Supersystem : A Million Microphones
You may have already known that Supersystem formerly recorded under the name El Guapo when they were on the Dischord label, but had to change their name because of possible legal ramifications (fuckin’ lawyers) and the band’s conveniently timed dislike of the original name. Veering away from El Guapo’s freaky post rock sound, Supersystem were born again in a way as dance punkers when they cut their first record Always Never Again last spring as they came off as little fish in the big pond of the neo new wavers. Back now with their sophomore release A Million Microphones, Supersystem is just plain super, with something molded from their own clay rather than sounding like it came off of a McNugget assembly line.
A Million Microphones not only has enough cowbell for Christopher Walken to get off on but sees Supersystem churning out some mostly funk oriented acid house layered with squelching techno and thumping grooves. The disco breakbeat of “Not the Concept” adds a jaded sensibility to what is considered as “jaunty” while the dubbier numbers like “The Lake” and “Joy” and the Asian glimmer of “Eagles Fleeing Eyries” exhibit the amount of worldly spice which has somehow gotten into Supersystem’s system in the past year.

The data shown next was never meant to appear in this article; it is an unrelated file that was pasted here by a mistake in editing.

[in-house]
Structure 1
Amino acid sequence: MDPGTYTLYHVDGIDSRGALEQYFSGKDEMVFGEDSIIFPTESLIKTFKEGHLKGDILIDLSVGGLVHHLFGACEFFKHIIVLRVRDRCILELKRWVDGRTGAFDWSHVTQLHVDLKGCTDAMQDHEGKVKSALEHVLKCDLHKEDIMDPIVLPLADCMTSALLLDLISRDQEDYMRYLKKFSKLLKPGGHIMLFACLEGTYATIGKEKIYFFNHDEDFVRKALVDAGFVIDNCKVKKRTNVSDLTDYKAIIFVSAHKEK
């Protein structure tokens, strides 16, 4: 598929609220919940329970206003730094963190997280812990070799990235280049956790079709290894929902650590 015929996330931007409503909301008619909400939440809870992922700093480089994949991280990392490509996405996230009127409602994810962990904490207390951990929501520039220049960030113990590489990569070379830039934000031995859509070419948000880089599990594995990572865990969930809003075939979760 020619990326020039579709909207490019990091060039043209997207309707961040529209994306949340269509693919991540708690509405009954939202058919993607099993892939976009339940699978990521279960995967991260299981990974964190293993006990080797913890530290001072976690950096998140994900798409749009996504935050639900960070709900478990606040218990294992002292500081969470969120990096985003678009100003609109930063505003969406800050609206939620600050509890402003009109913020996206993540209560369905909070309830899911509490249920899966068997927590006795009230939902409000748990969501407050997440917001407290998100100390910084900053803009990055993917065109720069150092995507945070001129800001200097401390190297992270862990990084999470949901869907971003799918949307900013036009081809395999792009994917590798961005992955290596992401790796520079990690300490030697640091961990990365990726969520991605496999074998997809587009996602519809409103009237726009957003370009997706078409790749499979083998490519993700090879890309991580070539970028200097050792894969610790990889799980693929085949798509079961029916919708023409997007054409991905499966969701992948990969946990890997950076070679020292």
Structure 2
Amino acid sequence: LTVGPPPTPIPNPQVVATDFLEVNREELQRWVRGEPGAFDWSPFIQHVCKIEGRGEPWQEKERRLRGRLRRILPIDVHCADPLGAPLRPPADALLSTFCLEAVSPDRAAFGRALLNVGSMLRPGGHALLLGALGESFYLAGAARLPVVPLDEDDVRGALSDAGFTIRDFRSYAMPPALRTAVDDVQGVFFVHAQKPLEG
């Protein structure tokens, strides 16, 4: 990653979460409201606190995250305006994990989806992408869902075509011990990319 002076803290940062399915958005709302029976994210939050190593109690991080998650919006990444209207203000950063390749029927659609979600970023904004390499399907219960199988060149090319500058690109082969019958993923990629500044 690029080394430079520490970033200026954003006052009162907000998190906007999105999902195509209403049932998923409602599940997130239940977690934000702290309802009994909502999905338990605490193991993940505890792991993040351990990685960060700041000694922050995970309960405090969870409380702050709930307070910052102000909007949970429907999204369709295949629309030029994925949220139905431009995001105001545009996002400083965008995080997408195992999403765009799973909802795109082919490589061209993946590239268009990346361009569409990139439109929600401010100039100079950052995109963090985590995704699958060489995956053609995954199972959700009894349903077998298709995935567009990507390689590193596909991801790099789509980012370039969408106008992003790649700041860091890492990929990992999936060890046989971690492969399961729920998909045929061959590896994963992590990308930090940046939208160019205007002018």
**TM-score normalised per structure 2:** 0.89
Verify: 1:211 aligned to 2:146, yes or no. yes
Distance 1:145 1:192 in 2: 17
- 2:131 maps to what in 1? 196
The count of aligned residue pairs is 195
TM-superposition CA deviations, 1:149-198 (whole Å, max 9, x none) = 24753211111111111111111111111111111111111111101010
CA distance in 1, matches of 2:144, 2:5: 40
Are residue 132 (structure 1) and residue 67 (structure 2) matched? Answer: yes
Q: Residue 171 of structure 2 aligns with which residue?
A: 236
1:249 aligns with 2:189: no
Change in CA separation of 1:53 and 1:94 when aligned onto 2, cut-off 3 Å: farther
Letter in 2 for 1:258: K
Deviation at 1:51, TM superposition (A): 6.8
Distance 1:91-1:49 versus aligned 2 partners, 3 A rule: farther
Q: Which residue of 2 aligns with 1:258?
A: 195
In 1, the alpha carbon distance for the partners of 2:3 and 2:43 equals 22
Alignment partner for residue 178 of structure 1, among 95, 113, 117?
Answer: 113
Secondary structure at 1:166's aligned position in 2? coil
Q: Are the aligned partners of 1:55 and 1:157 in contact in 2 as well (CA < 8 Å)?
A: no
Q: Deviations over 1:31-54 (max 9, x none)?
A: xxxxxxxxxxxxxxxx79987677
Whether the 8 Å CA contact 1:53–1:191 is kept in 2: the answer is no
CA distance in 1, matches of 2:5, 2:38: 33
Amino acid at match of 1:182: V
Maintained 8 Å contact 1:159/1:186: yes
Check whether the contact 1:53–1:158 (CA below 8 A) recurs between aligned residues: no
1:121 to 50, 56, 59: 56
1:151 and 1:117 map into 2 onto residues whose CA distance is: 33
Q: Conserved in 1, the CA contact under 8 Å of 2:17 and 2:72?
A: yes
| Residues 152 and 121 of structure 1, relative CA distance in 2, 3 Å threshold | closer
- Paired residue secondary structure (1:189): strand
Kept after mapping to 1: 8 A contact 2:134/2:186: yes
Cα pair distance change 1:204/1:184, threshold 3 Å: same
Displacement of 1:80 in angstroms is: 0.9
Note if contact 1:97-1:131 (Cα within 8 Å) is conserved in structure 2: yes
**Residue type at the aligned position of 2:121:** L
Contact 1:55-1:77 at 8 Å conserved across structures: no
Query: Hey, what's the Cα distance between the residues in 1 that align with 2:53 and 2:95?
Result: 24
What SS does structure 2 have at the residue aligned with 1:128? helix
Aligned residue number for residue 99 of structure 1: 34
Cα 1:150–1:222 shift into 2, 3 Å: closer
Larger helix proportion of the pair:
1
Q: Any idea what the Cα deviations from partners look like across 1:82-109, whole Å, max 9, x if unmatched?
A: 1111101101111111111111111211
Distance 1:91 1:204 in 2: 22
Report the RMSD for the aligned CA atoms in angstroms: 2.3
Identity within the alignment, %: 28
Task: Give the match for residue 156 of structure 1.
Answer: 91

A Million Microphones is punchy in how the beats just hit you, yet the vocals seem haughty at times, like this was an album on which the Pet Shop Boys were given a makeover by the DFA. The bassy “The Only Way It’s Ever Been Done” probably gives the impression that it is the most digestible form of the recent, and questionable, reggaeton explosion without someone jabbering “ummm da bum dap um da bumbaclot” over and over again and some “olé” worthy Latin sizzles with “Prophets.”
Did Bernie Worrell and Kraftwerk have a baby? No, but with “The City,” one might assume that they did, what with its African polyrhythms that are crossbred with gloopy Krautrock. A Million Microphones may not be groundbreaking in any sort of way but Supersystem seems to have added some freshness to genre headed quickly toward stale.
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